"A problem cannot be solved by people who are concerned with only one or another of its parts." - Masanobu Fukuoka
The great work of the Foellinger Foundation, located in Ft. Wayne, Indiana, is summed up nicely on their website: serving children and families by supporting effective nonprofits. I’ve had the pleasure of knowing and working with several folks at Foellinger—CEO Cheryl Taylor and Senior Program Officer Dawn Martz. Both are terrific thinkers and doers.
Last week, I highlighted a webinar that included the Foellinger Foundation as a funder of two organizations that found mission alignment around a merger. If your schedule didn’t allow time to read all of last week’s e-mail and you missed the webinar, click here!
I picked one aspect out of the entire webinar to write about: the Collaboration Dance.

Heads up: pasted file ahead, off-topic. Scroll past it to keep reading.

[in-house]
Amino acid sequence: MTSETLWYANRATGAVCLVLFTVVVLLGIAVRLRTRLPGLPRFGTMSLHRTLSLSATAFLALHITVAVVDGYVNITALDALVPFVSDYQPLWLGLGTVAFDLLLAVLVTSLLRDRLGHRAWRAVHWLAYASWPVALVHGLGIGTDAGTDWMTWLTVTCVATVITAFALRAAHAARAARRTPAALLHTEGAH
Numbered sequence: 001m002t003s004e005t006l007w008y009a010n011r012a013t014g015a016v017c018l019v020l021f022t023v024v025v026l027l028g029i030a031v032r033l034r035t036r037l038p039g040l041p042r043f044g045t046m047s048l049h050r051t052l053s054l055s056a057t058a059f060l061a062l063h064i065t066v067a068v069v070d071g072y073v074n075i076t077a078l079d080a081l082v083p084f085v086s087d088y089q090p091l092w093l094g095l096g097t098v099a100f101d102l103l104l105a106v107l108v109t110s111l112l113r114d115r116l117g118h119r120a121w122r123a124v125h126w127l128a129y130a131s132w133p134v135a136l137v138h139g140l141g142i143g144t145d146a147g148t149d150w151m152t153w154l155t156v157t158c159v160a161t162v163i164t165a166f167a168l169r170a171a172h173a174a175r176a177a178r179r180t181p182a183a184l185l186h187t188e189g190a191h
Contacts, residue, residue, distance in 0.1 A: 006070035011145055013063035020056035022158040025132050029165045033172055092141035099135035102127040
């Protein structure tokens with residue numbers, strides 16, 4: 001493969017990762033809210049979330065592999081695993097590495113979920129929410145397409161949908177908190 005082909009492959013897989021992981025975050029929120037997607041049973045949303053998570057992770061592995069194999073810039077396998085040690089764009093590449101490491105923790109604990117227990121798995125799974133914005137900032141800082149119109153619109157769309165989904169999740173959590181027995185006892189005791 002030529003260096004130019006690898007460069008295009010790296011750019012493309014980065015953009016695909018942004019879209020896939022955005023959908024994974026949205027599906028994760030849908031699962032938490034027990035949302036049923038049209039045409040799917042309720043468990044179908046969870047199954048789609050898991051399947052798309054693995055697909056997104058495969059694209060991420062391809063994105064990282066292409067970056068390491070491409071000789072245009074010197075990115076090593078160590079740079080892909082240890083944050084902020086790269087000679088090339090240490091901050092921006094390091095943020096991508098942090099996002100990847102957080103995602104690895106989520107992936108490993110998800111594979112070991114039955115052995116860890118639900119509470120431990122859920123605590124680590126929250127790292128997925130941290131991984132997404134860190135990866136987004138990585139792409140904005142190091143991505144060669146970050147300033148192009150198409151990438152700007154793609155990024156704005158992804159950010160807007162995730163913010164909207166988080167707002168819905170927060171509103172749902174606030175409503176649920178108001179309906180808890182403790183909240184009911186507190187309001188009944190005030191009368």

This week I’m going to write about "Thinking Money." That’s what colleague and friend Cheryl Taylor calls the capacity building fund that nonprofits can access if they want to explore working smarter/better.
Here’s the cool thing: The Patterson Foundation has a Thinking Money fund, too. We don’t call it that, but the funds have similar goals as Foellinger’s.
What can two or more nonprofits do with TPF’s Collaborative Restructuring Initiative Funding?
• Come to the table with colleagues and discover things unknown that might lead to synergistic effects.
• Learn what others are doing and see how your work fits in or help locate gaps.
• Figure out if two or more can expand services or geography and what that might look like.
• Use the ‘it takes a village’ approach to solve one of society’s human service challenges.
• Get up on the 30,000-foot plane and explore ‘possibilities’ with great minds.
If you had the opportunity, what would you think about?
Learn about these and other concepts used in TPF's approach to philanthropy.
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